Those reading this blog yesterday, will have seen my post about the utterly delicious sage and apple jelly I made from the apple glut at our new house.
The jelly was fantastic, but it didn’t make a big enough dent in our apple pile (which I sadly didn’t photograph, so you’ll just have to imagine a lovely wicker basket overflowing with apples). Next to try was a variation on lemon curd, found in the River Cottage guide to preserves: Bramley Lemon curd.
We didn’t have bramley apples but we figured, quite rightly, that our apples would be just as delicious. Now, I have to admit, I didn’t make this one myself. I read through the recipe and found references to things like double steamers and heating it to a certain exact temperature and was immediately put off. I’m more of a chuck-the-ingredients-in-give-it-a-stir-every-now-and-then-until-it-tastes-good kinda cook. Stews not souffles, that’s my style. Luckily, my partner loves fiddly cooking (he can spend hours pre-chopping the veg to the perfect millimetre before so much as turning on the oven) so I put myself in charge of apple chopping and him in charge of the making.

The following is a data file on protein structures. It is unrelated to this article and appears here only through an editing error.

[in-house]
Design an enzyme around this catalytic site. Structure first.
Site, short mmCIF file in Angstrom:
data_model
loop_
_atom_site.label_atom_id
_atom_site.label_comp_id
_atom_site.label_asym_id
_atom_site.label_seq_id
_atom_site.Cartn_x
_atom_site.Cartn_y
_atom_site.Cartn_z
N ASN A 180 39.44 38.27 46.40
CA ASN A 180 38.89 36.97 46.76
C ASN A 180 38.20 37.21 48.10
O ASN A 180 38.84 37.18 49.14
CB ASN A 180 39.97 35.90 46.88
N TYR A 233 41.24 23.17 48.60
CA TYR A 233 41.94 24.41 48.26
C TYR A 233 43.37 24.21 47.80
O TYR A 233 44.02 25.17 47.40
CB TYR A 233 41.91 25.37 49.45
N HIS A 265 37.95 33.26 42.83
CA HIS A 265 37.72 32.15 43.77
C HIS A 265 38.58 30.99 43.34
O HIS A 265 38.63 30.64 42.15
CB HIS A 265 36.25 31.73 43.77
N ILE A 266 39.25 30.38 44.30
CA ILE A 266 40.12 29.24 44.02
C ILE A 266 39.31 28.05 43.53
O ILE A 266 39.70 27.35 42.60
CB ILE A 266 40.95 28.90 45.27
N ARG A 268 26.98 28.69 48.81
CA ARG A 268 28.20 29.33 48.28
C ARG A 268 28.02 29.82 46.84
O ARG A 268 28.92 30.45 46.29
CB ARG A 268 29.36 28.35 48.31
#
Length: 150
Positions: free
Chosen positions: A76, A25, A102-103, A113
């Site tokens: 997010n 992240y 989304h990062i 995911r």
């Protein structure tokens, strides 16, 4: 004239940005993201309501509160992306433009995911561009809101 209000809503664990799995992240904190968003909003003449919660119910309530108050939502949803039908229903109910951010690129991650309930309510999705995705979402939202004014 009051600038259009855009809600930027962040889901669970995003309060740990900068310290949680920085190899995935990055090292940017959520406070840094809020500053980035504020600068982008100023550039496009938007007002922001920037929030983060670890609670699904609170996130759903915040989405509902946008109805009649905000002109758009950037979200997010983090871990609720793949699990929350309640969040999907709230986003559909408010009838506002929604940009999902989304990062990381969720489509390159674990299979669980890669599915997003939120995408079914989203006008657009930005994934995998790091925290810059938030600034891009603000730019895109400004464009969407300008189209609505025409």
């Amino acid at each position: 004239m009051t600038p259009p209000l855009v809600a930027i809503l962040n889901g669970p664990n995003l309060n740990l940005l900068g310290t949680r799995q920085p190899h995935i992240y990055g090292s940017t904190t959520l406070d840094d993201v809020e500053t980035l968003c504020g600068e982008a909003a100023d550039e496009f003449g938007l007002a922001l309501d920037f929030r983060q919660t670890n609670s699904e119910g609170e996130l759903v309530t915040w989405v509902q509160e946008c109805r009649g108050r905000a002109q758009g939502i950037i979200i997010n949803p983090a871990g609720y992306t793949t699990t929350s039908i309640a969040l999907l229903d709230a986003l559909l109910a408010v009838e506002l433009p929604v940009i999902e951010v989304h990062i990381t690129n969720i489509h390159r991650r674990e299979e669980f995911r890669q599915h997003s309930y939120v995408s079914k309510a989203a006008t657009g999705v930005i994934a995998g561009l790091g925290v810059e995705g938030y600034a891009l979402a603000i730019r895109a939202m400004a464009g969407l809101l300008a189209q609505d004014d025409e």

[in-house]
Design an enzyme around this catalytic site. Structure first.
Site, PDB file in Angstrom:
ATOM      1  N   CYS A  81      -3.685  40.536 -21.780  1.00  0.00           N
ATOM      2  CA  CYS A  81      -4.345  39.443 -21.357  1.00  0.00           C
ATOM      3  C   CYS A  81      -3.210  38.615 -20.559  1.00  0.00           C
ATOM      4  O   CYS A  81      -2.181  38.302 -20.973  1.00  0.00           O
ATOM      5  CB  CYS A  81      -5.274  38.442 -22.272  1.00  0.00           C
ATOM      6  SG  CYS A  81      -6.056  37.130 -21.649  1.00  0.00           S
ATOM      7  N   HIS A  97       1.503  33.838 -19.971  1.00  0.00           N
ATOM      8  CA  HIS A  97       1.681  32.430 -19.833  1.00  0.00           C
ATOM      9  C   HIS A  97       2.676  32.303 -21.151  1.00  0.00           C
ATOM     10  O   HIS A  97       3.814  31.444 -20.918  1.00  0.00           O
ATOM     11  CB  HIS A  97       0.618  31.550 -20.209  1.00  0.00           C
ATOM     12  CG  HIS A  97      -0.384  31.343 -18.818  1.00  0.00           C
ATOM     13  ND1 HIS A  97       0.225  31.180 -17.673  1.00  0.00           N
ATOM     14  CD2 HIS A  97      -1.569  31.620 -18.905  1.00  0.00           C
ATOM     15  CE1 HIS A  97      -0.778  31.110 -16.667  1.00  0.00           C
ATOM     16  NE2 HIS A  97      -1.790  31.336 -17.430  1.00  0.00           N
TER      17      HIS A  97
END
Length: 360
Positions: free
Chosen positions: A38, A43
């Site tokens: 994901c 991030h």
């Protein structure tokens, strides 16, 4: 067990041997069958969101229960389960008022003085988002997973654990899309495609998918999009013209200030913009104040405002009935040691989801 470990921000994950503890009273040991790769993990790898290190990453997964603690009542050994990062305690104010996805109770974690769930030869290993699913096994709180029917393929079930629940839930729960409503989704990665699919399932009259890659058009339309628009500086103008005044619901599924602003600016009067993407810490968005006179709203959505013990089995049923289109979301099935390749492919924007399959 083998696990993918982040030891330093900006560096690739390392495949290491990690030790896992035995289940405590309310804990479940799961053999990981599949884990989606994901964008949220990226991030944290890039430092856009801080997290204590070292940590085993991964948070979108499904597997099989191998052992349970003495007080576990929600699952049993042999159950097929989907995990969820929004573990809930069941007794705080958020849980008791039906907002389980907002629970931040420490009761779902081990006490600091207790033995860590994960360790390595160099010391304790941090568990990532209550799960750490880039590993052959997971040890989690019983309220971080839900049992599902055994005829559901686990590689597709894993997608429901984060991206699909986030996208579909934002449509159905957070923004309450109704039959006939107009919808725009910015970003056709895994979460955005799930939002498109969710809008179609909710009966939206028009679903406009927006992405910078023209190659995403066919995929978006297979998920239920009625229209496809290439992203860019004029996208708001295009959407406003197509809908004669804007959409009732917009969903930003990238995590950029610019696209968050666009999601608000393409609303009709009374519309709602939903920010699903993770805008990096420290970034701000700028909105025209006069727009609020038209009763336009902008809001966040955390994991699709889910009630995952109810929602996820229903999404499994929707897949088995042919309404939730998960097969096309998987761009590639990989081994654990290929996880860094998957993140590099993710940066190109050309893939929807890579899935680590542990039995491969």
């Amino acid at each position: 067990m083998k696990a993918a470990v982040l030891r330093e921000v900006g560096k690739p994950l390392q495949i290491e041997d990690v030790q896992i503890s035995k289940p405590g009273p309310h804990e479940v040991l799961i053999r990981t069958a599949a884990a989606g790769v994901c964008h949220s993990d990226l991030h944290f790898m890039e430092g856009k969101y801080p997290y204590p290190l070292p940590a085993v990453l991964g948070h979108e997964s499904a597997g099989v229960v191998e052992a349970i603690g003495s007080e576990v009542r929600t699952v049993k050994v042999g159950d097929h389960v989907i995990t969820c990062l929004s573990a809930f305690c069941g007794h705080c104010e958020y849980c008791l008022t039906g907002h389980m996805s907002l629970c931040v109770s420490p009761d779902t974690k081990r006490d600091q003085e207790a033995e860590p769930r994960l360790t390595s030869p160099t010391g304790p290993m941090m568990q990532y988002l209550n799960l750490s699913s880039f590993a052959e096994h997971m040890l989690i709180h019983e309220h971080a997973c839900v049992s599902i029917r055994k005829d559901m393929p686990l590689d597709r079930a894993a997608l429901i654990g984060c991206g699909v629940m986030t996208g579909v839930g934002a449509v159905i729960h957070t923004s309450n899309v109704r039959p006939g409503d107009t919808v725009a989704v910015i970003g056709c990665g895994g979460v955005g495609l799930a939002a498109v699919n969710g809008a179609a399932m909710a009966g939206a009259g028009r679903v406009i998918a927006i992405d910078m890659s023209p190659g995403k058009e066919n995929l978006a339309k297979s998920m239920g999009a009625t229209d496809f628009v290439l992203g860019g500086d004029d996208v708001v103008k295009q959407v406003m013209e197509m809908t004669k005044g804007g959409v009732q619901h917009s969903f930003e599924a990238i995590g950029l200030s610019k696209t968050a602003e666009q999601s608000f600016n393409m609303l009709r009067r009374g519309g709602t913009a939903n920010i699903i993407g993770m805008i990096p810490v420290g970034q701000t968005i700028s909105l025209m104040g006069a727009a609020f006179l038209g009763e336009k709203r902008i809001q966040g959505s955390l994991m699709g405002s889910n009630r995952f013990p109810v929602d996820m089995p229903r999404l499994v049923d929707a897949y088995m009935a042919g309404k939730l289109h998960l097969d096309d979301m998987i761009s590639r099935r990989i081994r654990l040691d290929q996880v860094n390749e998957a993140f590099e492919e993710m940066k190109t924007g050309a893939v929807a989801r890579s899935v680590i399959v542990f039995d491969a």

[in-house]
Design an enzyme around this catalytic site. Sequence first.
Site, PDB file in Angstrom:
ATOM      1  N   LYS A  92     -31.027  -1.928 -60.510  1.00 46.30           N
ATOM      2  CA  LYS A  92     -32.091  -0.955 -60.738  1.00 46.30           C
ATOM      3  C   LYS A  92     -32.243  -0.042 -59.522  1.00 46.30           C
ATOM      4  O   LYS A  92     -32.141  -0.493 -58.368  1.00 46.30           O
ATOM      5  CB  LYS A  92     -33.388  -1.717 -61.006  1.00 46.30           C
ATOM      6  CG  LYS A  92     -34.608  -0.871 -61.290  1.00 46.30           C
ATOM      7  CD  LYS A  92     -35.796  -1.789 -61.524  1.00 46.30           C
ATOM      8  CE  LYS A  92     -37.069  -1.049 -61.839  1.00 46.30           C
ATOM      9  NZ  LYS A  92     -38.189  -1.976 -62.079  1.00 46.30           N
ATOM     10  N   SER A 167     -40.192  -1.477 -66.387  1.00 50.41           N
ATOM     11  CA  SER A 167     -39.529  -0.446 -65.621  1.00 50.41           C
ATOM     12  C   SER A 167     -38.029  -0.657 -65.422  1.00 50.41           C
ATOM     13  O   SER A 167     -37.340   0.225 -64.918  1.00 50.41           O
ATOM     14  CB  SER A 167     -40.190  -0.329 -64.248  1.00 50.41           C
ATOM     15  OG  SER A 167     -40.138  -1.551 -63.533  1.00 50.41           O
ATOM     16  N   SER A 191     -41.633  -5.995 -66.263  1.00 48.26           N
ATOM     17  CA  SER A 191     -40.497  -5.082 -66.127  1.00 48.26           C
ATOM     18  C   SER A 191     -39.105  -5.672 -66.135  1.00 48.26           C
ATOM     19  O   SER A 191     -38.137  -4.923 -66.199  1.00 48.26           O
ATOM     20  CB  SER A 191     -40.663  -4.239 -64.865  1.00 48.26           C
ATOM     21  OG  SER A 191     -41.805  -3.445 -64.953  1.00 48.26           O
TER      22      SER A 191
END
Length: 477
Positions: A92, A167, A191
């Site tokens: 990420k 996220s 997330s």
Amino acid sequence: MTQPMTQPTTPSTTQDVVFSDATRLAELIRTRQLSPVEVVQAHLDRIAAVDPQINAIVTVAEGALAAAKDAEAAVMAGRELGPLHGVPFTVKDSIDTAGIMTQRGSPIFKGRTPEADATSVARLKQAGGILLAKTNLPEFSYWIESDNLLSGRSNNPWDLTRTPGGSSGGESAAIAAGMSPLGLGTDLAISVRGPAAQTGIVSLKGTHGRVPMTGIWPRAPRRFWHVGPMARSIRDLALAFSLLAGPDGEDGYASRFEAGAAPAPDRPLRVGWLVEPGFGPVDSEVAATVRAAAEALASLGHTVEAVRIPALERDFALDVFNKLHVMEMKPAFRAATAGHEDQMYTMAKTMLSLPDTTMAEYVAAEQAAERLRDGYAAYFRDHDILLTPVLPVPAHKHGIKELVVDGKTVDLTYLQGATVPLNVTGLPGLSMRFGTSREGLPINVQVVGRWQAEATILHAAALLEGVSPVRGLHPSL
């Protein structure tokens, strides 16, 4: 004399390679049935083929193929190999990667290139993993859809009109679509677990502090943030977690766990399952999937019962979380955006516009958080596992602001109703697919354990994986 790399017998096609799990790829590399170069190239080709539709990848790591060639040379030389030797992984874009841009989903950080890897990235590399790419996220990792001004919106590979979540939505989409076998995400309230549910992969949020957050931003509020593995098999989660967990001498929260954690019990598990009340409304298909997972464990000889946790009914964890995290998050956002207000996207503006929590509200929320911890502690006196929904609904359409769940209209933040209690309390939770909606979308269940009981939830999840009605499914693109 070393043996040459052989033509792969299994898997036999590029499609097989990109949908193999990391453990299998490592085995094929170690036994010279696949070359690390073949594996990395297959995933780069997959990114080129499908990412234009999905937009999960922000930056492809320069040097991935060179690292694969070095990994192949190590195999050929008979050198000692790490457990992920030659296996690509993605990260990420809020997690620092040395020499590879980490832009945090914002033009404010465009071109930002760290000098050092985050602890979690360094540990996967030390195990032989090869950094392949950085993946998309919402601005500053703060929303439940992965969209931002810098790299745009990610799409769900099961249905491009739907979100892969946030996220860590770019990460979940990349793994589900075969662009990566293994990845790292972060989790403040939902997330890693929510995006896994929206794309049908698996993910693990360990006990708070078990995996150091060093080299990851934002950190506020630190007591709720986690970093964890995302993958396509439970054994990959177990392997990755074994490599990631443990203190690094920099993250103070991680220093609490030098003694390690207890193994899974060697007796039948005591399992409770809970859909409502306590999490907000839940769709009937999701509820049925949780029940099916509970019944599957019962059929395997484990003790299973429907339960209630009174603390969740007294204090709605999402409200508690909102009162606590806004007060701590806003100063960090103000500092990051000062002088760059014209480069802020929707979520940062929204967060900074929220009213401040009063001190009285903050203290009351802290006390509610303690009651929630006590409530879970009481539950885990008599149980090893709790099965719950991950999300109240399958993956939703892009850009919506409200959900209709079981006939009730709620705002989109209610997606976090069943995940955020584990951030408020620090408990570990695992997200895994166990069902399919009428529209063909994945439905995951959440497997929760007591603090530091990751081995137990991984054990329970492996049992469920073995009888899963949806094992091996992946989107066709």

To be fair to Jamie, and the recipe, once he’d started he made it look a lot more straightforward than it sounded. And within 30 minutes we’d made ourselves some gorgeous tasting (Not) Bramley lemon curd.
I’ve just had a quick Google and it turns out this recipe has been published by the Guardian so is available online: River Cottage Bramley lemon curd recipe. I strongly recommend you make your own if you’ve got a few apples spare. We followed the recipe to the letter, but found we needed to heat the mixture for a lot more than ten minutes to get the right consistency: it ended up being closer to 25 by the time it was thick enough.
Best of all, we’ve still got some apples left…
Here are some more cooking ideas for apples if, like me, you’ve got a few on your hands…